Inspections at borders may be pushed back for fourth time amid fears food supplies from Europe could collapse.
Boris Johnson has hinted that physical Brexit border checks on food imports from the EU due to be introduced in July will be delayed for the fourth time amid fears that European supplies of everything from cheese to Parma ham would collapse.
Industry sources said an announcement on a new border operating model was expected next week that could push back the checks by up to nine months.
Asked during his visit to India if this was the case, the prime minister said: “I’m generally in favour of minimal friction at all junctures between the UK and the EU.”
He also indicated he had not abandoned hope that the Irish Sea border checks could, in time, be moved to the Northern Ireland border with the Republic of Ireland, something that was rejected during the four years of negotiations over the UK’s divorce from the EU.
“New technology will make some of the checks we have obsolete. That leads me on to the long-term solution to the border of Northern Ireland and the Republic, but that’s another matter,” he told reporters.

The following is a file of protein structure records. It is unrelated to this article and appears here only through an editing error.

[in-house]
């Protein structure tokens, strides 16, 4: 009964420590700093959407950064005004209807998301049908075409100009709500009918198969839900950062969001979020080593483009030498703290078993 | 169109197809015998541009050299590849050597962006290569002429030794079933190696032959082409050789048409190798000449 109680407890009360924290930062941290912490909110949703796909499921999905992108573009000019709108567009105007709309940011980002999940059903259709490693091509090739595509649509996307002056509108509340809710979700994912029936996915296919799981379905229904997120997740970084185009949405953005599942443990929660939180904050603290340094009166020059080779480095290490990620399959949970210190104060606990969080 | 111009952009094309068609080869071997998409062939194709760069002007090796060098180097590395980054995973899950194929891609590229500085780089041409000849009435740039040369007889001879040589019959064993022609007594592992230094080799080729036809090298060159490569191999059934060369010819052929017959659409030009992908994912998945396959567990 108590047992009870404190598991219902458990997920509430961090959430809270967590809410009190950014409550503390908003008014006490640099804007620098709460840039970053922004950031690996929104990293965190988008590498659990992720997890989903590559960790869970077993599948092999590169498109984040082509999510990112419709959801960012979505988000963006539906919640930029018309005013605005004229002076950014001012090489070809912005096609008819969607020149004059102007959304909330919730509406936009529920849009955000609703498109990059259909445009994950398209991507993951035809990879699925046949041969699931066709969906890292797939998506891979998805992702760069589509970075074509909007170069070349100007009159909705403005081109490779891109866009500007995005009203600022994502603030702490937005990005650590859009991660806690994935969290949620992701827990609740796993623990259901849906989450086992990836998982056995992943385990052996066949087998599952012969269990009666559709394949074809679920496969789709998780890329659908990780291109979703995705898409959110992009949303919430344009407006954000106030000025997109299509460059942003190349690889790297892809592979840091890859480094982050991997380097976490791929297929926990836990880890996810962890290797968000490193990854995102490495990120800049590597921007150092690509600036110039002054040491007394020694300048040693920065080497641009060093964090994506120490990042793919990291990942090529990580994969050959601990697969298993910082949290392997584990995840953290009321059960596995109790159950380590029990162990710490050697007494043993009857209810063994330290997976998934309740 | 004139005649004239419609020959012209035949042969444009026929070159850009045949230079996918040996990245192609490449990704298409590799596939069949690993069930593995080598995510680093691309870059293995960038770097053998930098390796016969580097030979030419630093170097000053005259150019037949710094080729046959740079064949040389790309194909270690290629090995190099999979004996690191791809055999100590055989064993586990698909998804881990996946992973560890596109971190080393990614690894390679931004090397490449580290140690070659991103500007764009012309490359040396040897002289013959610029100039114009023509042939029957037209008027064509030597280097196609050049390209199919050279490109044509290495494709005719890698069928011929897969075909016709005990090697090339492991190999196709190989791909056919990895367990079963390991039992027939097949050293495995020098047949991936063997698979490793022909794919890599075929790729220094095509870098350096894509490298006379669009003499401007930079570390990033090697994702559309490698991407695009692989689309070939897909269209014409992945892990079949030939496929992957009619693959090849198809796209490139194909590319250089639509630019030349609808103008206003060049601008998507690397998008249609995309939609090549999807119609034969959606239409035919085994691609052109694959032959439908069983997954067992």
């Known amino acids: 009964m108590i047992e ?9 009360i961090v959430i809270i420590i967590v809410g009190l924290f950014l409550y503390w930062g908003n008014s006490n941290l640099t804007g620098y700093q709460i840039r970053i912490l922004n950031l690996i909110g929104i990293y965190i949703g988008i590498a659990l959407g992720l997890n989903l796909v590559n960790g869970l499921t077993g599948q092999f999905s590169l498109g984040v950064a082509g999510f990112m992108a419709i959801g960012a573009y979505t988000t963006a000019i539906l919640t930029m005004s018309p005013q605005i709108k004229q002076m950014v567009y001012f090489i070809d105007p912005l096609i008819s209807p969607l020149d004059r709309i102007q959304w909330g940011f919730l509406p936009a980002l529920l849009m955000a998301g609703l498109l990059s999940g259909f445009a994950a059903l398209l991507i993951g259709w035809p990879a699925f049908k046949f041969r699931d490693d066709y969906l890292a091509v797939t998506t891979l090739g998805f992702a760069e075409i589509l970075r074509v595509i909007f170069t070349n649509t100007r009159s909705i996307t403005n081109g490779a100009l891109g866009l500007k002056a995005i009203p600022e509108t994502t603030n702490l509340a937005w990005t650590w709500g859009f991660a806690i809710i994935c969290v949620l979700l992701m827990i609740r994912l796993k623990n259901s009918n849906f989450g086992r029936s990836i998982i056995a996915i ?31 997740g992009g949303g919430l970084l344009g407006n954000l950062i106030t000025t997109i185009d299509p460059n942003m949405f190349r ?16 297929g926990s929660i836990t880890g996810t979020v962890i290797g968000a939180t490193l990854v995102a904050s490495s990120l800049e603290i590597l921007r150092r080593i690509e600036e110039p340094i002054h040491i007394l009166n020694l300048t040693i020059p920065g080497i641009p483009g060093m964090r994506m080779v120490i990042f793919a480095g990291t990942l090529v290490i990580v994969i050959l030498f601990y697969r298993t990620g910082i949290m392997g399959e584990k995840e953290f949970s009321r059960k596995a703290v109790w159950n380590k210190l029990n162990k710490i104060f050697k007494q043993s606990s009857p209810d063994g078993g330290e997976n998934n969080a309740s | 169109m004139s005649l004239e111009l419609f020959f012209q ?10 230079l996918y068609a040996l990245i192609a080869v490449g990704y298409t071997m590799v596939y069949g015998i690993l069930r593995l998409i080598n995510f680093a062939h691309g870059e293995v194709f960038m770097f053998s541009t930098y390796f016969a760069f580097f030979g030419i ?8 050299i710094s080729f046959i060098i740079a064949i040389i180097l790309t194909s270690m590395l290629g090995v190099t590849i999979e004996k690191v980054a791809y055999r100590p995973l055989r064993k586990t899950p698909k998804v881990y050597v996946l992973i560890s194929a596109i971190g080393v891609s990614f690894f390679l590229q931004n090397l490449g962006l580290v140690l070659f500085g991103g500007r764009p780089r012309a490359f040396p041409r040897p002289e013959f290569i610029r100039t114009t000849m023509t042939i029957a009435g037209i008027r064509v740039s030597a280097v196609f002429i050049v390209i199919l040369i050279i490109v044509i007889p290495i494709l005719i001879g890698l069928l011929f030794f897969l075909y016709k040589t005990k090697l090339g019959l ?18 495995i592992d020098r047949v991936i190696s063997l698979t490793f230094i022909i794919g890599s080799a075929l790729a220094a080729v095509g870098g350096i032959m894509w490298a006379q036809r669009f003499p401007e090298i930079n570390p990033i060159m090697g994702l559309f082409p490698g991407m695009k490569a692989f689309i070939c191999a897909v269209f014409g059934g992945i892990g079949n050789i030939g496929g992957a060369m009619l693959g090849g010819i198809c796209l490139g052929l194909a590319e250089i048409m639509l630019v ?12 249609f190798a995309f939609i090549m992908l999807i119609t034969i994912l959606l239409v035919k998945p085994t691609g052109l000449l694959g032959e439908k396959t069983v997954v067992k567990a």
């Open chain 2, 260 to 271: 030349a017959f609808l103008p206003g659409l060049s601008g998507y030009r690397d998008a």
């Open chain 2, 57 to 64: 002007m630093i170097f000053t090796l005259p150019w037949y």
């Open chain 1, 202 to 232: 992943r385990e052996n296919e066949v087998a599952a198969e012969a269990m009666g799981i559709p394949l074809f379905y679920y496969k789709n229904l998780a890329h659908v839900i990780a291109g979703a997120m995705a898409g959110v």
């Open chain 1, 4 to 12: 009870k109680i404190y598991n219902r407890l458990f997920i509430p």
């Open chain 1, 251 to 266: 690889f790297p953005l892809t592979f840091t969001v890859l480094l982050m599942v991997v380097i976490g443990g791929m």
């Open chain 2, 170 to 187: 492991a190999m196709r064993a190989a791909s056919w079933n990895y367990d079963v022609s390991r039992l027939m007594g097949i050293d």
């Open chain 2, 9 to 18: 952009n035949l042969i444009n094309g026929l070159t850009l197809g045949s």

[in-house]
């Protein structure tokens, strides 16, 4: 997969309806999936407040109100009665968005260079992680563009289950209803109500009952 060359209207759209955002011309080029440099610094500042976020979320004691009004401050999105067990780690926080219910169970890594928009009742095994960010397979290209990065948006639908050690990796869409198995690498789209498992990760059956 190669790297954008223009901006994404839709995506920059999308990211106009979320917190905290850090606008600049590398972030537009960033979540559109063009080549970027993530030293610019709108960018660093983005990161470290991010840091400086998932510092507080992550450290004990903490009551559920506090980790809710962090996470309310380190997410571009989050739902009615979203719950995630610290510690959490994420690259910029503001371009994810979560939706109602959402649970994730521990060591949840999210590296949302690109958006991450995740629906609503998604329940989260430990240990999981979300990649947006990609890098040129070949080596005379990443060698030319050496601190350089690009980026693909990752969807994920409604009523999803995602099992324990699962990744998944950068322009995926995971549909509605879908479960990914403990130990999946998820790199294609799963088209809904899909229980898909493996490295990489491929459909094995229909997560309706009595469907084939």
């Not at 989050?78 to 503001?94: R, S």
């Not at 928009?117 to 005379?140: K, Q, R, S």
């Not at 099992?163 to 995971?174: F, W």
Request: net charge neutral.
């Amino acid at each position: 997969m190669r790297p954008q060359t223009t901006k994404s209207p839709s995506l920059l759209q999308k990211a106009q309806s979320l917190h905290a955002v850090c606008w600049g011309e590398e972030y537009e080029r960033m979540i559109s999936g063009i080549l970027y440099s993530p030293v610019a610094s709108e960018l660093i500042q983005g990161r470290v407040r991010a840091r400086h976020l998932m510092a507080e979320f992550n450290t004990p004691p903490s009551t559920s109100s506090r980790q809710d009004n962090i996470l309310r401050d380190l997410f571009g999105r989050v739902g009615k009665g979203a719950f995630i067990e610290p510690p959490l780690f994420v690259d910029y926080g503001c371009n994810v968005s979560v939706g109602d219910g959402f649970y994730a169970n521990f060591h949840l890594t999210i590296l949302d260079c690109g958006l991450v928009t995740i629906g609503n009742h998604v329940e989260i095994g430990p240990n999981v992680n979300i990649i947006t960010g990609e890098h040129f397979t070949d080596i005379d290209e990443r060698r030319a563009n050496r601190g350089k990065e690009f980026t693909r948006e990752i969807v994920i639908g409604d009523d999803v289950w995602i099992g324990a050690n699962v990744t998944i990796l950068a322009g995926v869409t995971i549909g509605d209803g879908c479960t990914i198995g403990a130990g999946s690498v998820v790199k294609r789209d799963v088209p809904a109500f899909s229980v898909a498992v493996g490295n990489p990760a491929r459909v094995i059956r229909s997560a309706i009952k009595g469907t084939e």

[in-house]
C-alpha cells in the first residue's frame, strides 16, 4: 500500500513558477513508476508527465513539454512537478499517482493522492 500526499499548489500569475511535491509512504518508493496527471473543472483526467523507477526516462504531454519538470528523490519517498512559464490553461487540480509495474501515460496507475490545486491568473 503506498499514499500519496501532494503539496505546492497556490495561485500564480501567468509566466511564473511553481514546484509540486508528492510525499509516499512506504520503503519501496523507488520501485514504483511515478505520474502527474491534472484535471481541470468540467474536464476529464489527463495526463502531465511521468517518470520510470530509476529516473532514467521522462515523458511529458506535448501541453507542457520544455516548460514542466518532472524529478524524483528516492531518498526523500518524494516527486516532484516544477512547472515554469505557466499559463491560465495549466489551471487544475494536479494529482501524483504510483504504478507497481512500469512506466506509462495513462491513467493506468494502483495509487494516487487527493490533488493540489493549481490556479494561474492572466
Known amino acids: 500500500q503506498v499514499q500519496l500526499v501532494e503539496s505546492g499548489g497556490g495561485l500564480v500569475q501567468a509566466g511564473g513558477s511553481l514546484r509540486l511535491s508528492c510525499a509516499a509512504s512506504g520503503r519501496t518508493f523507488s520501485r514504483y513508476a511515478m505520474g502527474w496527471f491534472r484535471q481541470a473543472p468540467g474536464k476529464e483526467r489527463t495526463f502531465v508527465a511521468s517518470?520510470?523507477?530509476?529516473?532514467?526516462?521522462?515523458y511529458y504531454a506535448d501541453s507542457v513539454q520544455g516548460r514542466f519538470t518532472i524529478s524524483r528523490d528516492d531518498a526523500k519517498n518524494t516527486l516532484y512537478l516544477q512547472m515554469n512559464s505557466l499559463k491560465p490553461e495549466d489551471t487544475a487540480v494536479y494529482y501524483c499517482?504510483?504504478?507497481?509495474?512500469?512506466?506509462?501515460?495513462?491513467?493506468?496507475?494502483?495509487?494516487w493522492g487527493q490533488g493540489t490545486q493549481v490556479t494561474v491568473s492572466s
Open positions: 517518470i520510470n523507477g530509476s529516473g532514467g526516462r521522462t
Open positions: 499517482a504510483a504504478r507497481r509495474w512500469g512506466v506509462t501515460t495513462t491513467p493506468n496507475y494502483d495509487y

Sanitary and phytosanitary (SPS) checks have been operational in all EU border countries including France, Belgium and Ireland since the Brexit withdrawal agreement was implemented on 1 January 2021.
The cliff-edge approach left exporters of fish and other fresh food in chaos with a lack of customs agents and veterinary staff to certify whether the produce complied with EU standards.
But in the UK, post-Brexit checks on fresh food were not implemented for imports, being pushed back in 2020 and on two occasions in 2021.
Under the current border plan, physical checks on meat were due to start on 1 July, dairy on 1 September and all remaining foods including fish and composite foods subject to checks from 1 November.
The government confirmed this timetable was “under careful review” amid concerns about the impact on household supplies.
“We are keeping this issue under careful review, given ongoing supply chain disruption – including as a result of Russia’s illegal invasion of Ukraine – and wider cost of living pressures.
“It is precisely because of Brexit that we’re able to set an import controls regime which is best suited to our own needs,” said a government spokesperson.
One industry source said the biggest risk from the new Brexit checks was the “collapse of the supply chain” because of a shortage of vets to certify produce before it can be put on a ferry to Britain. There is also a fear that red tape and new costs will cause some small suppliers to give up on the UK market.